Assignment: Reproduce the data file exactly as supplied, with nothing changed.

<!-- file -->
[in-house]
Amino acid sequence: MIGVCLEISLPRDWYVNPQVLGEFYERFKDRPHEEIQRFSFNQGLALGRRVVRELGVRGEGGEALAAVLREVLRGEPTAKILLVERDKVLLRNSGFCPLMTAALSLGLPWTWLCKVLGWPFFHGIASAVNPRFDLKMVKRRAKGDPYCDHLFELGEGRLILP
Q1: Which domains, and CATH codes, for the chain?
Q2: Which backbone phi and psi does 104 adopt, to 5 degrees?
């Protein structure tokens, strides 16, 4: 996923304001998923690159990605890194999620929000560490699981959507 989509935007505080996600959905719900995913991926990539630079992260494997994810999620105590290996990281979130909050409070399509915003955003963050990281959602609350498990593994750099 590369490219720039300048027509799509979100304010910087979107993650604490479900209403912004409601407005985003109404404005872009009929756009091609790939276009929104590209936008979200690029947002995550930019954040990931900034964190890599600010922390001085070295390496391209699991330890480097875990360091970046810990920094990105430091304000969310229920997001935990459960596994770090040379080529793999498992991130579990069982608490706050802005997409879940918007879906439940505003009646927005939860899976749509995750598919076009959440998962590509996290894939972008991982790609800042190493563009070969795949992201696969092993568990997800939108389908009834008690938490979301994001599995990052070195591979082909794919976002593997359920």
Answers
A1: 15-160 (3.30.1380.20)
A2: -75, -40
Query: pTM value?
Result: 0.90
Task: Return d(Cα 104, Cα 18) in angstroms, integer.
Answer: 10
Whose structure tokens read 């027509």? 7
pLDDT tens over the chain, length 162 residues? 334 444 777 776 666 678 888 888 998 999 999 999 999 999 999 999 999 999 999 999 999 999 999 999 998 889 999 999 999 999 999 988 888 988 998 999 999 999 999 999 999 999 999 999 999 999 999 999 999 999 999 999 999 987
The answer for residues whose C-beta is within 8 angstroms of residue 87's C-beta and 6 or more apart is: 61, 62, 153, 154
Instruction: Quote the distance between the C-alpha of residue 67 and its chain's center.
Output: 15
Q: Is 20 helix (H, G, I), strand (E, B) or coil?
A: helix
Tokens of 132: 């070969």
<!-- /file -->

[in-house]
Amino acid sequence: MIGVCLEISLPRDWYVNPQVLGEFYERFKDRPHEEIQRFSFNQGLALGRRVVRELGVRGEGGEALAAVLREVLRGEPTAKILLVERDKVLLRNSGFCPLMTAALSLGLPWTWLCKVLGWPFFHGIASAVNPRFDLKMVKRRAKGDPYCDHLFELGEGRLILP
Q1: Which domains, and CATH codes, for the chain?
Q2: Which backbone phi and psi does 104 adopt, to 5 degrees?
């Protein structure tokens, strides 16, 4: 996923304001998923690159990605890194999620929000560490699981959507 989509935007505080996600959905719900995913991926990539630079992260494997994810999620105590290996990281979130909050409070399509915003955003963050990281959602609350498990593994750099 590369490219720039300048027509799509979100304010910087979107993650604490479900209403912004409601407005985003109404404005872009009929756009091609790939276009929104590209936008979200690029947002995550930019954040990931900034964190890599600010922390001085070295390496391209699991330890480097875990360091970046810990920094990105430091304000969310229920997001935990459960596994770090040379080529793999498992991130579990069982608490706050802005997409879940918007879906439940505003009646927005939860899976749509995750598919076009959440998962590509996290894939972008991982790609800042190493563009070969795949992201696969092993568990997800939108389908009834008690938490979301994001599995990052070195591979082909794919976002593997359920």
Answers
A1: 15-160 (3.30.1380.20)
A2: -75, -40
Query: pTM value?
Result: 0.90
Task: Return d(Cα 104, Cα 18) in angstroms, integer.
Answer: 10
Whose structure tokens read 């027509």? 7
pLDDT tens over the chain, length 162 residues? 334 444 777 776 666 678 888 888 998 999 999 999 999 999 999 999 999 999 999 999 999 999 999 999 998 889 999 999 999 999 999 988 888 988 998 999 999 999 999 999 999 999 999 999 999 999 999 999 999 999 999 999 999 987
The answer for residues whose C-beta is within 8 angstroms of residue 87's C-beta and 6 or more apart is: 61, 62, 153, 154
Instruction: Quote the distance between the C-alpha of residue 67 and its chain's center.
Output: 15
Q: Is 20 helix (H, G, I), strand (E, B) or coil?
A: helix
Tokens of 132: 């070969």